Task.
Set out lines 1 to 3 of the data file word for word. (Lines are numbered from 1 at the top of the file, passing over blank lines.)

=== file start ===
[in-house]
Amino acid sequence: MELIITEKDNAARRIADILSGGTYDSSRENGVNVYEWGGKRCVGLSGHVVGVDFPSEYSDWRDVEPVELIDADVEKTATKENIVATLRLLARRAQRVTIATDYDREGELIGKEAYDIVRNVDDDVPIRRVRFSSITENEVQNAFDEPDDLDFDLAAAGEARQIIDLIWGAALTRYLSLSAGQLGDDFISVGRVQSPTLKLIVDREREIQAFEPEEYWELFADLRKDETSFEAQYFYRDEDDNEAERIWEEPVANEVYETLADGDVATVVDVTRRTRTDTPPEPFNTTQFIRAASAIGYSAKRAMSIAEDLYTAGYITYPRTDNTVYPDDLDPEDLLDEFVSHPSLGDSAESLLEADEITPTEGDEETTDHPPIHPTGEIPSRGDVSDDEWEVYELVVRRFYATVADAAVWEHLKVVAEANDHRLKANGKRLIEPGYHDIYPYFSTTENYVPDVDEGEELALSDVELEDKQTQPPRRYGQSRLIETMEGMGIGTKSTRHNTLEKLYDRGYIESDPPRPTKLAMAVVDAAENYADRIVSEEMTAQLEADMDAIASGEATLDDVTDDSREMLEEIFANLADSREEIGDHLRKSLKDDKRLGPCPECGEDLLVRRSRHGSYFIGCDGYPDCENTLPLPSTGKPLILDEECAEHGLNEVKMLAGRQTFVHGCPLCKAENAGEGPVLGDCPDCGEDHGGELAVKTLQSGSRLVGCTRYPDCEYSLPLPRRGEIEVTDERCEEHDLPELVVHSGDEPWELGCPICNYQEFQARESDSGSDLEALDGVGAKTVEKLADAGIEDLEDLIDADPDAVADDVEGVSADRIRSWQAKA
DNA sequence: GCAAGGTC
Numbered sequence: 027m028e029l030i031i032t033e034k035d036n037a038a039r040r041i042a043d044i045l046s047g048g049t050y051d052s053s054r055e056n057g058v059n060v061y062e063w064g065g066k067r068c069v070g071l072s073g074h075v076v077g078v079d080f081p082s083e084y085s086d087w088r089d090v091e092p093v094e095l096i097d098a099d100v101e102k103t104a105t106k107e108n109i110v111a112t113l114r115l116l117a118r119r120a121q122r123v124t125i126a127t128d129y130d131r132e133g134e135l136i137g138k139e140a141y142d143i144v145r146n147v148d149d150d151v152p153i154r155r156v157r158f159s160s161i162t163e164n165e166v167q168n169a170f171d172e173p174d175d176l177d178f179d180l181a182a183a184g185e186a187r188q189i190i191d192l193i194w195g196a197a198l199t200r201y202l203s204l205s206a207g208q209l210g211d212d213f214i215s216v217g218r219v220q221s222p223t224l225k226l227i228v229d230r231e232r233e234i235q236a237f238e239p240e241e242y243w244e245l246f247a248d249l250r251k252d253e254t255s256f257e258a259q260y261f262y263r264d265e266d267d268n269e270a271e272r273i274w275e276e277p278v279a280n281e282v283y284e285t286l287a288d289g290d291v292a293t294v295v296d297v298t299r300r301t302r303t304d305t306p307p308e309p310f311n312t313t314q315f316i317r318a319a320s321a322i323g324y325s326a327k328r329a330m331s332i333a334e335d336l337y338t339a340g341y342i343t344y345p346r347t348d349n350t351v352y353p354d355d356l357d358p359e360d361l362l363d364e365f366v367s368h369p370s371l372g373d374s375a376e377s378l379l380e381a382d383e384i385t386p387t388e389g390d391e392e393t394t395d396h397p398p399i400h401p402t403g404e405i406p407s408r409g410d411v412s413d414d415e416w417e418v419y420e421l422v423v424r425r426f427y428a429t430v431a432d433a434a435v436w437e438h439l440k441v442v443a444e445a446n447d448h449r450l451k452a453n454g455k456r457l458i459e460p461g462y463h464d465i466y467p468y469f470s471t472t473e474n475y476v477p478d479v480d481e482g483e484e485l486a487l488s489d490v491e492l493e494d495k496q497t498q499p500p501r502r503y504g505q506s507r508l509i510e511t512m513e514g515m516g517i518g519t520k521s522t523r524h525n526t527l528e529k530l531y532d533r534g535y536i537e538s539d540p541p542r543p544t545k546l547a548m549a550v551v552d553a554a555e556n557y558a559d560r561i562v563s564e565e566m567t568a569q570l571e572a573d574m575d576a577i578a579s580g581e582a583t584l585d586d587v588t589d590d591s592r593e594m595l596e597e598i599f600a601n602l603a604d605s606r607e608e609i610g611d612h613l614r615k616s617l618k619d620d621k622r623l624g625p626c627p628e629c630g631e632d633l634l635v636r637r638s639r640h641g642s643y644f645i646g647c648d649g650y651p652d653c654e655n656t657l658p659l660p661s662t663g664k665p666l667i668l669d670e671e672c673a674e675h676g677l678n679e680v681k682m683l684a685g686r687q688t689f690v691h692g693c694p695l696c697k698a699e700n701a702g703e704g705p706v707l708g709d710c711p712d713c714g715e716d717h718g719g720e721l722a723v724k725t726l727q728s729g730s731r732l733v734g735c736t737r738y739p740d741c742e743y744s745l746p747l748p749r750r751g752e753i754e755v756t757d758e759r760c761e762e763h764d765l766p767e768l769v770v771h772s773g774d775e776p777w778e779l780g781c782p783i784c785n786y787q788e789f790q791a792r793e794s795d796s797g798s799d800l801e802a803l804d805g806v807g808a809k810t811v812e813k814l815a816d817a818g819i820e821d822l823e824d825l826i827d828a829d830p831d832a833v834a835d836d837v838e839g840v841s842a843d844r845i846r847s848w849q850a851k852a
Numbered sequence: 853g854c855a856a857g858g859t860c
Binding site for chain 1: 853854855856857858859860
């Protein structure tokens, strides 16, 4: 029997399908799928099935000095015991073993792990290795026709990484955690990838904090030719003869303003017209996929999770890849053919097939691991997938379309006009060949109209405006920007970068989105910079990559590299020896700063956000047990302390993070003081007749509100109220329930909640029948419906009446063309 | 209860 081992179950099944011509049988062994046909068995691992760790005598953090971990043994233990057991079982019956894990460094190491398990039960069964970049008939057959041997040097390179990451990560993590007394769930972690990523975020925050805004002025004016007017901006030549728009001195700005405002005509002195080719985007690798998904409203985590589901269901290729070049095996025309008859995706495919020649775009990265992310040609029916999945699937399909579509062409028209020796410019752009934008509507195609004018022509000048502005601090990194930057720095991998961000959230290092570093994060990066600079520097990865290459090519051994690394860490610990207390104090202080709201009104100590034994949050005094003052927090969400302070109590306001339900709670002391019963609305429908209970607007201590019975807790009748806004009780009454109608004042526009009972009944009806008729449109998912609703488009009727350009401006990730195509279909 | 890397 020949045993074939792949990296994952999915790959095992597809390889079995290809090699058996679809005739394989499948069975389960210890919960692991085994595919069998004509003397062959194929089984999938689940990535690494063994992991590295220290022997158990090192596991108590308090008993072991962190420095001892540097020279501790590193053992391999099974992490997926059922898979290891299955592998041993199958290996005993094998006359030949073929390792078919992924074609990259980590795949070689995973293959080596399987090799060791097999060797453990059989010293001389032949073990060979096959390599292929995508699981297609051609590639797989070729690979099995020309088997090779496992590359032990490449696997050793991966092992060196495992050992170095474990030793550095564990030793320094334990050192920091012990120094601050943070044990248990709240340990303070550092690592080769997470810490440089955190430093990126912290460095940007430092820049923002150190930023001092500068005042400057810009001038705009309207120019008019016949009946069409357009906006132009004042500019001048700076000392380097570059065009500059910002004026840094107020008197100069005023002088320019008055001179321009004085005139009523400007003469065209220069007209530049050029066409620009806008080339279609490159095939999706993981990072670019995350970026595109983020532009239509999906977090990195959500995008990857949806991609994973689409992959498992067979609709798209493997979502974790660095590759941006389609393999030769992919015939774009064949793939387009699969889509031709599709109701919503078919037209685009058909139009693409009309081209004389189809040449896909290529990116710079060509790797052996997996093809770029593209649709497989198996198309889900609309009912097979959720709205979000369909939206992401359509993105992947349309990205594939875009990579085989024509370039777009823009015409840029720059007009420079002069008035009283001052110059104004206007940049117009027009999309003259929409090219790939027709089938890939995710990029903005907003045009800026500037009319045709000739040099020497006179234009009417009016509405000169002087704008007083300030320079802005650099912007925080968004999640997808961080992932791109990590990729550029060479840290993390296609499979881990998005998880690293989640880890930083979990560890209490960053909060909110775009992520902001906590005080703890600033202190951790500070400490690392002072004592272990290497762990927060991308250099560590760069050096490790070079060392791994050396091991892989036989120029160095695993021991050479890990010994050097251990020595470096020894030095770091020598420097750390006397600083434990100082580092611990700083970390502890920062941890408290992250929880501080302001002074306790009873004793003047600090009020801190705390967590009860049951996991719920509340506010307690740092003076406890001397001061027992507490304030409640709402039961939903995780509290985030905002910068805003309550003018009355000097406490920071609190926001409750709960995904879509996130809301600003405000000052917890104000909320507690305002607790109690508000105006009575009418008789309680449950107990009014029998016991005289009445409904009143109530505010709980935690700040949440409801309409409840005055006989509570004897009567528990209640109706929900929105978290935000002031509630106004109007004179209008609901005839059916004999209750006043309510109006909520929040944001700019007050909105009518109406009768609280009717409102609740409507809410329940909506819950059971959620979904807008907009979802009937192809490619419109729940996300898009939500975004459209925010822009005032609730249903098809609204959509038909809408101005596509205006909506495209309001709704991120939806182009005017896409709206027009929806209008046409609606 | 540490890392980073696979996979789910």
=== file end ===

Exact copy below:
[in-house]
Amino acid sequence: MELIITEKDNAARRIADILSGGTYDSSRENGVNVYEWGGKRCVGLSGHVVGVDFPSEYSDWRDVEPVELIDADVEKTATKENIVATLRLLARRAQRVTIATDYDREGELIGKEAYDIVRNVDDDVPIRRVRFSSITENEVQNAFDEPDDLDFDLAAAGEARQIIDLIWGAALTRYLSLSAGQLGDDFISVGRVQSPTLKLIVDREREIQAFEPEEYWELFADLRKDETSFEAQYFYRDEDDNEAERIWEEPVANEVYETLADGDVATVVDVTRRTRTDTPPEPFNTTQFIRAASAIGYSAKRAMSIAEDLYTAGYITYPRTDNTVYPDDLDPEDLLDEFVSHPSLGDSAESLLEADEITPTEGDEETTDHPPIHPTGEIPSRGDVSDDEWEVYELVVRRFYATVADAAVWEHLKVVAEANDHRLKANGKRLIEPGYHDIYPYFSTTENYVPDVDEGEELALSDVELEDKQTQPPRRYGQSRLIETMEGMGIGTKSTRHNTLEKLYDRGYIESDPPRPTKLAMAVVDAAENYADRIVSEEMTAQLEADMDAIASGEATLDDVTDDSREMLEEIFANLADSREEIGDHLRKSLKDDKRLGPCPECGEDLLVRRSRHGSYFIGCDGYPDCENTLPLPSTGKPLILDEECAEHGLNEVKMLAGRQTFVHGCPLCKAENAGEGPVLGDCPDCGEDHGGELAVKTLQSGSRLVGCTRYPDCEYSLPLPRRGEIEVTDERCEEHDLPELVVHSGDEPWELGCPICNYQEFQARESDSGSDLEALDGVGAKTVEKLADAGIEDLEDLIDADPDAVADDVEGVSADRIRSWQAKA
DNA sequence: GCAAGGTC